post #33 of 60
Quote:
Originally Posted by cristeen View Post
The main component in every chili powder I've ever gotten is chiles. I don't get the spicy kind. Yes, it has the other spices listed also usually, but without the dried chiles, you're not going to have that smokey flavor. You can buy dried chiles, roast them and grind them yourself. You'll just have to experiment to find how much to add. I'd go for the big red/black dry ones myself (there are several varieties and they're called different things in different areas). Each one has it's own flavor.

As for the cayenne - my entire pot of chili only gets 1/4 tsp of cayenne (to 2 lbs of meat). Because otherwise all the sour cream/cheese in the fridge isn't going to mitigate the burn. Any flavor it adds is nominal.
Yes, what I was saying is the cayenne is a chile, and the powder of it is no different than say, ancho chile powder. It's just the most common chile powder on the shelf, also known as "red pepper" and what the red pepper flakes come from usually, but it can be too hot for some. We actually really like the flavor of it, but we eat a LOT of really spicy food and like the heat. It's just a difference of opinion because I don't think cayenne adds just nominal flavor. In fact, it's the main component in my berebere that I make for Dorowat and it really shines in that dish!

I think you've hit the nail on the head, though, about finding your own dry chiles that are your favorite and making the chile powder yourself... then making chili powder yourself. To me, paprika is more for color than flavor unless you use smoked paprika. Now THAT is a good addition to chili (soup or powder).
post #34 of 60
I just wanted to add that, although I make my own now, for a while I REALLY liked the hot chili powder from Penzey's. This gives a really good flavor to chili soup (if you like it on the spicy side).
post #35 of 60
I agree you need ground chili powder. The two I use are ground New Mexico chilis and also ancho chili powder. They don't have a lot of heat, but they give chili the flavor of, well, chili. I also add cumin, coriander, salt and pepper and the other ingredients you mentioned. Sometimes I like to add a little lime juice and sweet potatoes, for a caribbean take on chili.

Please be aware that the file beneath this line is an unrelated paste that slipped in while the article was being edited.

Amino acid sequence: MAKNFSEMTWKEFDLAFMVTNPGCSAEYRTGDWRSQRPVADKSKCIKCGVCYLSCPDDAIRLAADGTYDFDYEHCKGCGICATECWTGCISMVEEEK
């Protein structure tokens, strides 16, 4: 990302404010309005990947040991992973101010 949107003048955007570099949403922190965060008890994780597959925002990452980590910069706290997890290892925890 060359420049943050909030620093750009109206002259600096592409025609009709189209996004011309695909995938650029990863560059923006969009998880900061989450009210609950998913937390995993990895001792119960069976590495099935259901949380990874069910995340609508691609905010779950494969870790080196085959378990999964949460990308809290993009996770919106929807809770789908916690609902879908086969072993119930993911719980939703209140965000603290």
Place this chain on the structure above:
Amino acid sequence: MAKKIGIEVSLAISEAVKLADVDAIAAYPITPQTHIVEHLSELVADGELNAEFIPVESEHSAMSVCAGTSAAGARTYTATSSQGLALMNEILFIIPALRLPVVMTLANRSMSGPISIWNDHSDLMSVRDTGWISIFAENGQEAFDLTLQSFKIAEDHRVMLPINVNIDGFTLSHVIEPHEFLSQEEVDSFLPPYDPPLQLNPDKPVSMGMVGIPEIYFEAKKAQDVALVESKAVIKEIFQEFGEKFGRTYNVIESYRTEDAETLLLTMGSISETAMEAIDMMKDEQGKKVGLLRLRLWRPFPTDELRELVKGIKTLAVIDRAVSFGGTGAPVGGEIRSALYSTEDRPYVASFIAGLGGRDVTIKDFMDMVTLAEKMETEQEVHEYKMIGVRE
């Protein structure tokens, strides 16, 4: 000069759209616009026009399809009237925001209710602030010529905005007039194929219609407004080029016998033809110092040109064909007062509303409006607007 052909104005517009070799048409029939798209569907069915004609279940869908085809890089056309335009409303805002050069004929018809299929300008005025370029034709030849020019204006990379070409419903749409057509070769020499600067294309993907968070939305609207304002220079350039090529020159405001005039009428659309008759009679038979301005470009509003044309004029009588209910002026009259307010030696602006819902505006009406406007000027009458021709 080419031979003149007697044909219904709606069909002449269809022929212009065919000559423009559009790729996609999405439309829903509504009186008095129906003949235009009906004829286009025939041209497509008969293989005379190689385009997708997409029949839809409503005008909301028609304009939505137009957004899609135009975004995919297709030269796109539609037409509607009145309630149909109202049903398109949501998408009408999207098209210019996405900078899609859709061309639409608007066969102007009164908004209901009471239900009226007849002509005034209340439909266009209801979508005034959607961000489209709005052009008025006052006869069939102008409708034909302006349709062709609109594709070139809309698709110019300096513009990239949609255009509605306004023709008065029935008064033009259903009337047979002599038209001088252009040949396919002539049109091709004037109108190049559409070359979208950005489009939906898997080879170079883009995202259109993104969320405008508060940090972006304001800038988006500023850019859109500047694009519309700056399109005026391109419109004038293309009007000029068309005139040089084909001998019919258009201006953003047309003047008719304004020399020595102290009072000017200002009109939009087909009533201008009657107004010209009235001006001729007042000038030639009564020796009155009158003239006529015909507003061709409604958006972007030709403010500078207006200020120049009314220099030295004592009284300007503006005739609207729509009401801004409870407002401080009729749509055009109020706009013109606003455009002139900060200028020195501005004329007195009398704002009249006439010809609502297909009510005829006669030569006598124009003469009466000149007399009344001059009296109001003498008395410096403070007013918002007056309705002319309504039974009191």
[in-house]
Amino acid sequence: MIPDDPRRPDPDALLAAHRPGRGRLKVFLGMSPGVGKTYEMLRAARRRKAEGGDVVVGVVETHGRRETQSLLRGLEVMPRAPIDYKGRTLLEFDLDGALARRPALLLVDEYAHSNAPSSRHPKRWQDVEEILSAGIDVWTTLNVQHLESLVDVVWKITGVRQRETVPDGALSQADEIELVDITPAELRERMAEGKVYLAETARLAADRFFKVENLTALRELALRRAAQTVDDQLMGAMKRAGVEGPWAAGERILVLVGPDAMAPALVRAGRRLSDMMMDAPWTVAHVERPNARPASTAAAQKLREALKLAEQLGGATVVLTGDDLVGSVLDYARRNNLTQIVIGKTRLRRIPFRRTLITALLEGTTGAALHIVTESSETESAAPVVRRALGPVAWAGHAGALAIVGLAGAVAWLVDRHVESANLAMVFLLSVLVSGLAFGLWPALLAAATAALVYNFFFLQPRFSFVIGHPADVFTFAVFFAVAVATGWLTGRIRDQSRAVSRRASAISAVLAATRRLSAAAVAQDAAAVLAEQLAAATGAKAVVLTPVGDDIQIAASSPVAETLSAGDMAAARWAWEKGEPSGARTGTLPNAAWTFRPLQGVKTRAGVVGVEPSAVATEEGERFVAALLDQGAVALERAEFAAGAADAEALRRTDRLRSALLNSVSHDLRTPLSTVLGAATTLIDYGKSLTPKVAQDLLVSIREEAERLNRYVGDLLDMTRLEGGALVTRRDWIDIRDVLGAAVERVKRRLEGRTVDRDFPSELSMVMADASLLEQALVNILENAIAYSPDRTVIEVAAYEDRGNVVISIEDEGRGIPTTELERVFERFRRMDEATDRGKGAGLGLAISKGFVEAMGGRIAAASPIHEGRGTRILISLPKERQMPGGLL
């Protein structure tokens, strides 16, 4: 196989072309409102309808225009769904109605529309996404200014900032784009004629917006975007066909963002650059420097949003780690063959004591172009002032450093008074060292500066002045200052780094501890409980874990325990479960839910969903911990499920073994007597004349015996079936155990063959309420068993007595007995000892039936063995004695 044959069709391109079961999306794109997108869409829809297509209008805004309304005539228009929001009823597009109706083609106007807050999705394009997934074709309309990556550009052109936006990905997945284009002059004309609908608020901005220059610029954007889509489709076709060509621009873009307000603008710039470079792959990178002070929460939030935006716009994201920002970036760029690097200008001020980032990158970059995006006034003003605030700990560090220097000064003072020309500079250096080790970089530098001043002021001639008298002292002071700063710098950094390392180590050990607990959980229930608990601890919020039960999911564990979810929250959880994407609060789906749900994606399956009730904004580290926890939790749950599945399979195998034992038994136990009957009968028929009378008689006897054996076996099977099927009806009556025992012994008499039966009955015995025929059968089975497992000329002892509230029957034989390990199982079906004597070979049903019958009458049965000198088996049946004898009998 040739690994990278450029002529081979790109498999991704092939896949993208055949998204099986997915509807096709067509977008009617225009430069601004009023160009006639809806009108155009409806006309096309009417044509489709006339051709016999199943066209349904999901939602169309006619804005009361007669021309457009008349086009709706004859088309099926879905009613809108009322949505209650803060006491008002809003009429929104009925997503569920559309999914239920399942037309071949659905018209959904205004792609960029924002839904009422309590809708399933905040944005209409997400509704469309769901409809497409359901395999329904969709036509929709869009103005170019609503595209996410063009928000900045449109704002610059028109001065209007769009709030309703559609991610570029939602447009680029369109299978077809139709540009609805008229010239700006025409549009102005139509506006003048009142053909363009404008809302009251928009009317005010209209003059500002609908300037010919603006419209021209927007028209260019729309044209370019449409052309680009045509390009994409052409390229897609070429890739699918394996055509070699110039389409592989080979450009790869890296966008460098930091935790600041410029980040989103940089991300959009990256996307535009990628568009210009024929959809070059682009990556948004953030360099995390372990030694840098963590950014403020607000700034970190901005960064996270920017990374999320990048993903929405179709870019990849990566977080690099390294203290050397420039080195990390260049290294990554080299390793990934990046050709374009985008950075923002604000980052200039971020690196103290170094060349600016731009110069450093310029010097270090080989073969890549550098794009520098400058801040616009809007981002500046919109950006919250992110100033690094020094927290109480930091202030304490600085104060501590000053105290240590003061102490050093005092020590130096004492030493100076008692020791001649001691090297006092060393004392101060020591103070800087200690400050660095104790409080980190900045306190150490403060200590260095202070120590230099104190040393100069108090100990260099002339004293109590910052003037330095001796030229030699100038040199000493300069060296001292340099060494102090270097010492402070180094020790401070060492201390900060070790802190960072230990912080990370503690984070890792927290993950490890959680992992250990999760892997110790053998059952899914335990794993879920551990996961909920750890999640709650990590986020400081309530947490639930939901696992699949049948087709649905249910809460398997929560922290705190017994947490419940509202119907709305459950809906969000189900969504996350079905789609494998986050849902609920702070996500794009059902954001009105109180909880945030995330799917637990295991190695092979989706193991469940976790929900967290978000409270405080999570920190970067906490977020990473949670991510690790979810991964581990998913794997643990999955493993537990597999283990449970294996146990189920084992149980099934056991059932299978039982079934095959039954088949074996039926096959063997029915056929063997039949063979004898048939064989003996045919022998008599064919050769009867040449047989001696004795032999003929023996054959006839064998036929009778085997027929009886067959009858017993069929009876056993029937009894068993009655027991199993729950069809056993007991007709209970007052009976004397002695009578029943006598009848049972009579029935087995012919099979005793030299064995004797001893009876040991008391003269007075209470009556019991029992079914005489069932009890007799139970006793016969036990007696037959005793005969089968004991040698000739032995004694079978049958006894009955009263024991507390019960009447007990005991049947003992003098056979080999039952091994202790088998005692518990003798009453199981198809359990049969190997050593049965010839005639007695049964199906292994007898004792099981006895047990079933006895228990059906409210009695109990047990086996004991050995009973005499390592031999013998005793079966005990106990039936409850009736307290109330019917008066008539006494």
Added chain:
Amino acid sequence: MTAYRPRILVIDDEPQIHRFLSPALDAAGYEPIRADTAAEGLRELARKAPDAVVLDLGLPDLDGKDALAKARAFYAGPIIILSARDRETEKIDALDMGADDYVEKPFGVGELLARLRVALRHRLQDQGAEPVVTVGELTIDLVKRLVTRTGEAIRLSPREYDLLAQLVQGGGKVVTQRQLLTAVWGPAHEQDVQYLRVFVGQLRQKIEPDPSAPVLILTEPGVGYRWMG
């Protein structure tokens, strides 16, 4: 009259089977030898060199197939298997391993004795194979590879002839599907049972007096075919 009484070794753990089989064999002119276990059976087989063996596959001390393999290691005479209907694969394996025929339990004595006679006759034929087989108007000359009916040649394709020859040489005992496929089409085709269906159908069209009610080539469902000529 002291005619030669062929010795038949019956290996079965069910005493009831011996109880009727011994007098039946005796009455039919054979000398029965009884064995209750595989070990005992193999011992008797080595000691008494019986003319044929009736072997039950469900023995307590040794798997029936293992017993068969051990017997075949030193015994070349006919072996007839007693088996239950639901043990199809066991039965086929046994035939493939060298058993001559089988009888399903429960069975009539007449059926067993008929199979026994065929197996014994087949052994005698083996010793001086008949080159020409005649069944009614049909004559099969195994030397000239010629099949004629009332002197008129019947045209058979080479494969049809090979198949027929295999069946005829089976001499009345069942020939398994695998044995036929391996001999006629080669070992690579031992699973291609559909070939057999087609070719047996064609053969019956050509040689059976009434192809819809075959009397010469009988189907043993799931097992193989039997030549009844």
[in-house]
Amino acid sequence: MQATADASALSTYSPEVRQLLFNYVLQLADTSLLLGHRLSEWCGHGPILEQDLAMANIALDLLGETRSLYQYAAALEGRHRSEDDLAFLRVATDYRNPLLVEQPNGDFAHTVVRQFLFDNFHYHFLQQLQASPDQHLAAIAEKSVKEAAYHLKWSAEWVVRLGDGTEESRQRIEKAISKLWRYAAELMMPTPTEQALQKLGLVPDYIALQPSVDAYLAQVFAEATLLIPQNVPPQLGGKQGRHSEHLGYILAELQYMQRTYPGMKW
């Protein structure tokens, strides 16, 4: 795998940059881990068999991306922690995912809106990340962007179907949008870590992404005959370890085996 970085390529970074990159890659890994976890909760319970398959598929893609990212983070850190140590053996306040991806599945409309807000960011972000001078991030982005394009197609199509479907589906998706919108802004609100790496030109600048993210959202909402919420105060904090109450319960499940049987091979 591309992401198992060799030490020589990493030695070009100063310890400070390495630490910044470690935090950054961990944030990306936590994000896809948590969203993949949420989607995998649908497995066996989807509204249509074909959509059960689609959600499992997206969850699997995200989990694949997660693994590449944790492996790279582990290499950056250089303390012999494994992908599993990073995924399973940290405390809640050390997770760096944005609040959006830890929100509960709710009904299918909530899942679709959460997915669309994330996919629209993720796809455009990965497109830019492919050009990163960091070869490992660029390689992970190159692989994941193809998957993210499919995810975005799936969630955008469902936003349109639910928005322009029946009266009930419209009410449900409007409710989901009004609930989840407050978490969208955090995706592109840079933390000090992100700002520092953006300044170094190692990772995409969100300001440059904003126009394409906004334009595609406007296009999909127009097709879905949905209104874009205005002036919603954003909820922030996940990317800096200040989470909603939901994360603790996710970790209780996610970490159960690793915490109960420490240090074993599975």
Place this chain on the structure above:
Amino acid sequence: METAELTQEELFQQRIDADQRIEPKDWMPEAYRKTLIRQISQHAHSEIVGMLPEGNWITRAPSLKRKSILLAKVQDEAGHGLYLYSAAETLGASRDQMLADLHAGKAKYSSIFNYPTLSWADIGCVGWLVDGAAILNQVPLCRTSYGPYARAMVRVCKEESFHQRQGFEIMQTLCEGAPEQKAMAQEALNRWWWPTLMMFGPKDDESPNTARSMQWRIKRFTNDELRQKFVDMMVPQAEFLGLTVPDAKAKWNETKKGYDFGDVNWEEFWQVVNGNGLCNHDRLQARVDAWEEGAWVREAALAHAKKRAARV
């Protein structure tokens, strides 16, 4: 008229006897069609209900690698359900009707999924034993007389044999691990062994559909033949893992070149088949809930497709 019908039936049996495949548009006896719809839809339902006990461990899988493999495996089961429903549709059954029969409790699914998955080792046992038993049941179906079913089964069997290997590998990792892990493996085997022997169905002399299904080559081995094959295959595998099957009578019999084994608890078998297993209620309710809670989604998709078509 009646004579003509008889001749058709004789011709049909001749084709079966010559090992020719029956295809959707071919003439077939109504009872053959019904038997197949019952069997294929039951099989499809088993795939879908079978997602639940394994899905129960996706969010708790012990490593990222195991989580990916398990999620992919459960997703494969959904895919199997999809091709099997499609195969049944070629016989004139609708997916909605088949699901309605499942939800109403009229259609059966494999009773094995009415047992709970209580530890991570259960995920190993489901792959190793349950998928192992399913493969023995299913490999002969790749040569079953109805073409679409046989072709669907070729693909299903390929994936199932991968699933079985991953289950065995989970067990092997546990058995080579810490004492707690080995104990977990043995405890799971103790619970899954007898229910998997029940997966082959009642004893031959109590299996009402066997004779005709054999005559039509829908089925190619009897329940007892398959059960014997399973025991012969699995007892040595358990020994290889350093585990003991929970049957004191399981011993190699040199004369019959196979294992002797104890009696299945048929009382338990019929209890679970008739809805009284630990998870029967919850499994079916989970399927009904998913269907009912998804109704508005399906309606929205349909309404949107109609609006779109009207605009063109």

post #36 of 60
I haven't read all the replies, sorry if this is a repeat: But I just made a really good pot of chili yesterday and what worked as a great thickener is cornemal Masa flour-mix a little with water to make a slurry paste (about a quarter of a cup for a big pot) and it thickened it great. Didn't effect the flavor, either.
post #37 of 60
Also make sure you have enough cumin in it. Cumin is a large component to the smell of chili, which affects the taste.
post #38 of 60
Dried chili or chipotle and a bit of cocoa! yum. I find mine isn't as good unless it simmers at least a couple of hours for everything to blend. I also layer the spices - put some in the sauteeing veggies, some in the meat as it cooks, and then more in the pot when it's all mixed together. I also really like mushrooms in mine.
post #39 of 60
I use an a**load of paprika as I tend not to make it hot because of the kiddo (we add heat later). The depth of the paprika seems to be good. If it's just for adults, then I would do chilli powder and paprika along with the other spices you mentioned. A tiny bit of cinnamon too.
post #40 of 60
Thread Starter 
Quote:
Originally Posted by redvlagrl View Post
I use an a**load of paprika as I tend not to make it hot because of the kiddo (we add heat later). The depth of the paprika seems to be good. If it's just for adults, then I would do chilli powder and paprika along with the other spices you mentioned. A tiny bit of cinnamon too.
I can't do cinnamon. DD2 is allergic to it.